Abstract: Task and motion planning (TAMP) comprises two interdependent problems. Traditionally, research in this area has faced a chicken-and-egg dilemma: should we first propose symbolic task plans and then check them with a motion planner, or do we first attempt motion plans and then find out what is useful via the symbolic planner? Both options imply the possibility of wasting effort on plans that don't pan out on the other side, requiring backtracking. We survey the various methods by which research in this field has tried to connect task and motion planning. Recent methods have grown increasingly effective at minimizing wasted effort by interleaving the two planning problems. We introduce an approach that seeks to strike a balance by instead solving TAMP as a single planning problem in a common state space. We discuss lessons learned from this effort.
Bio: Ross Knepper's research addresses the algorithmic aspects of advanced factory automation, enabling autonomous robots to function safely and comprehensibly alongside humans in environments structured for people. Doing so will open up many products still assembled by hand today to automation opportunities. Leveraging insights from psychology, sociology, and linguistics, robots will interact with factory workers through natural language and gesture, so that they can be programmed without special training and can operate as peers with human workers. Robots must be aware of their environment and responsive to changes within it. In multi-robot deployments, a distributed planning and control approach is vital to enable scalability and provable correctness. He used IKEA furniture in the laboratory to demonstrate techniques in planning, control, perception and human interaction for automated assembly in the field.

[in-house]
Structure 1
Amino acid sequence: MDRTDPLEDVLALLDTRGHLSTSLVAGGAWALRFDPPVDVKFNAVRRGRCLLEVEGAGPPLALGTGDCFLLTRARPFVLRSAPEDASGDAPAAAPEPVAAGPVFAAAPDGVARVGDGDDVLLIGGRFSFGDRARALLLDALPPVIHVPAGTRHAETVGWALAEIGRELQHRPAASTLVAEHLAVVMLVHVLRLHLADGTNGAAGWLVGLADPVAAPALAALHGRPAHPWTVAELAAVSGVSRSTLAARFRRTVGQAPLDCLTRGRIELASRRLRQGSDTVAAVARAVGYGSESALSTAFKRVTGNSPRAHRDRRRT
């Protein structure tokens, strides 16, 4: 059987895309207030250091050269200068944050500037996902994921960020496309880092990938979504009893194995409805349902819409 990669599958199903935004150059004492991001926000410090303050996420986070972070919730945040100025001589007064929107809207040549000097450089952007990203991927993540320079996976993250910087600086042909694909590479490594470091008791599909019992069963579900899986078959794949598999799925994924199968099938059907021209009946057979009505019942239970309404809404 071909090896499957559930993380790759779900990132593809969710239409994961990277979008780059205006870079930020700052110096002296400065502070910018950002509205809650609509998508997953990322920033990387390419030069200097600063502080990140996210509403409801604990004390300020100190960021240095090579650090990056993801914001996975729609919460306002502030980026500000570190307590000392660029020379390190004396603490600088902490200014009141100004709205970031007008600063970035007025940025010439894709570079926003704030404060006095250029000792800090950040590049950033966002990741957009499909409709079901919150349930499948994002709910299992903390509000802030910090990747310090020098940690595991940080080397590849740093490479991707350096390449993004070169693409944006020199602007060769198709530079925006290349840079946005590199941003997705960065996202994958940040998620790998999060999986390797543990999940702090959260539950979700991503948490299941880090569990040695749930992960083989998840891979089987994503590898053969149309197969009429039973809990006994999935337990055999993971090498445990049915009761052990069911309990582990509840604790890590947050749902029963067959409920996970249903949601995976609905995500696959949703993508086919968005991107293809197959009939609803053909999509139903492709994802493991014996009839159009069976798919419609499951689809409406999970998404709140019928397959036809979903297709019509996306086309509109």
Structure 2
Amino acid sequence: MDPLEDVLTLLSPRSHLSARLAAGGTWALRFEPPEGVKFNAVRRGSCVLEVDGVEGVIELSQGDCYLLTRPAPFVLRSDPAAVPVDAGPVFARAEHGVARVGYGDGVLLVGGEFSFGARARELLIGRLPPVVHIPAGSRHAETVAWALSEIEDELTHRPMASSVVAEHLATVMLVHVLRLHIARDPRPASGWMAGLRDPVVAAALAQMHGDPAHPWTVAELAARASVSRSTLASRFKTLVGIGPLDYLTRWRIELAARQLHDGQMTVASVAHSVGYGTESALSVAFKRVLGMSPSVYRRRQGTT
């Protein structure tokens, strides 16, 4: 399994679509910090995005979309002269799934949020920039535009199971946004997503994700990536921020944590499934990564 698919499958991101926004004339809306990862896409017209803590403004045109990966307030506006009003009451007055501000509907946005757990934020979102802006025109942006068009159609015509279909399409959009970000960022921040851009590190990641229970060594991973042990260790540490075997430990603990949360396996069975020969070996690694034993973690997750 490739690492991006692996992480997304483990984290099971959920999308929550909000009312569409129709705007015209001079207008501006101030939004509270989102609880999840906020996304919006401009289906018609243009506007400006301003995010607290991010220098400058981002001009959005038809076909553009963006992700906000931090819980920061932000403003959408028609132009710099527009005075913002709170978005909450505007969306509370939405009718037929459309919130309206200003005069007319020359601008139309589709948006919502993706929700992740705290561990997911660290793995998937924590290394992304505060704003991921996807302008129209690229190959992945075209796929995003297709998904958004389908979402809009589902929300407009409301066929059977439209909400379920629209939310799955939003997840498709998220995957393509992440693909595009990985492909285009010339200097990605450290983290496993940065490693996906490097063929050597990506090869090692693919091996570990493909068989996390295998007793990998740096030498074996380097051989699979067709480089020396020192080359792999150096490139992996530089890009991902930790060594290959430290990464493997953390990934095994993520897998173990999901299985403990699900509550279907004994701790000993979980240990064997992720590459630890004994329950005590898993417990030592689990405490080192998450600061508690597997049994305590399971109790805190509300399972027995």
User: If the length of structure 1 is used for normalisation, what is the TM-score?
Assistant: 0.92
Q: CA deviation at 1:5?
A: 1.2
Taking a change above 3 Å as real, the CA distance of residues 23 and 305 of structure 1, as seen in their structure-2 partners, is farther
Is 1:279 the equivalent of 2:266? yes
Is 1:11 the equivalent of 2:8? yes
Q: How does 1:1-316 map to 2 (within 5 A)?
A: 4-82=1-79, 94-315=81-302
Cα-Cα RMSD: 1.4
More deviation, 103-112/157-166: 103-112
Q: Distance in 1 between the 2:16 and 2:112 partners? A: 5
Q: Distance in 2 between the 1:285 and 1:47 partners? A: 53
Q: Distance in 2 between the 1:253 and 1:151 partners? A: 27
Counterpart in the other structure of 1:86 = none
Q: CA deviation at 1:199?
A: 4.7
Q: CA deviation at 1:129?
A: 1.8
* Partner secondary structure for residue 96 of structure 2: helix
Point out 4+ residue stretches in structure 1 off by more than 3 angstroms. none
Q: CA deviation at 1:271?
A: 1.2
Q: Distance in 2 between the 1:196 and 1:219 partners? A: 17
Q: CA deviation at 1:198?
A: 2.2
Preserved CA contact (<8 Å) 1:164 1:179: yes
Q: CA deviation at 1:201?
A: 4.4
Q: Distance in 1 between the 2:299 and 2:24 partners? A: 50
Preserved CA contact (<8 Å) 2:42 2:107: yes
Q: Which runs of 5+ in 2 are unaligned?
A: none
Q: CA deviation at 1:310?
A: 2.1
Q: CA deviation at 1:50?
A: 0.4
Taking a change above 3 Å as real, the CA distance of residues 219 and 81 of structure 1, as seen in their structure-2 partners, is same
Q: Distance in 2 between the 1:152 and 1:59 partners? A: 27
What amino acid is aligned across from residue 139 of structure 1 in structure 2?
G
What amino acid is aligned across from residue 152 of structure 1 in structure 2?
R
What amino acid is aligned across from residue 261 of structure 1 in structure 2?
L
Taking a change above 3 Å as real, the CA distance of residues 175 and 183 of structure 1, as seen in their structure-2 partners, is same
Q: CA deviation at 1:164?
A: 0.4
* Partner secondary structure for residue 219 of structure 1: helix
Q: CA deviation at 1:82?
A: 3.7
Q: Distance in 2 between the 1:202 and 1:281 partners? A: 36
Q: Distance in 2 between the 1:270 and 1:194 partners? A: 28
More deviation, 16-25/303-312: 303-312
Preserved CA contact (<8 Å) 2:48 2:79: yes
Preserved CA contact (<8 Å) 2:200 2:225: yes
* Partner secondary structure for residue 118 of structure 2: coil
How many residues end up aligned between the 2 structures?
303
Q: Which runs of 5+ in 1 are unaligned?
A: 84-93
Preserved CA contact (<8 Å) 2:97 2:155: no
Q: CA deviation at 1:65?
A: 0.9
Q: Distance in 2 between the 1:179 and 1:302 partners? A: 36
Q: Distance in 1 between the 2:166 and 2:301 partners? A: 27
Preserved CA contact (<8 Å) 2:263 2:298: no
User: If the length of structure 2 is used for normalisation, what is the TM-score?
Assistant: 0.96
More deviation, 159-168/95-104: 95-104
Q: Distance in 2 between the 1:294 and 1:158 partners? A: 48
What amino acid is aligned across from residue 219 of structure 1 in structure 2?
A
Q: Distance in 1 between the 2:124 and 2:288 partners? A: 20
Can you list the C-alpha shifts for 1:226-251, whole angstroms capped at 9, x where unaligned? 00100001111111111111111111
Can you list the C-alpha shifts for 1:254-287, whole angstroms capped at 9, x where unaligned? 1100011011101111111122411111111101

Title: A relaxed and lazy use of geometric information to heuristically guide action selection for bi-manual robotic tasks
Abstract: This talk will present our latest developments to efficiently solve problems (requiring pick, place, and push actions) where an appropriate combination of task and motion planning levels plays an important role, like in constrained table-top problems for bi-manual robots. An heuristic task and motion planning approach based on the Fast Forward task planner will be introduced, in which the computation of the heuristic addresses a geometrically relaxed problem (reasoning upon objects placements, grasp poses, and inverse kinematics solutions), and motion paths are evaluated lazily (only after an action has been selected by the heuristic state space search). This reduces the number of calls to the motion planner, while backtracking is reduced because the heuristic captures most of the geometric constraints. Results of the proposal applied to several scenarios from the set of proposed benchmark problems will be provided, as well as some comments regarding requirements, assumptions done, missing issues and general considerations on the TMP benchmark tests.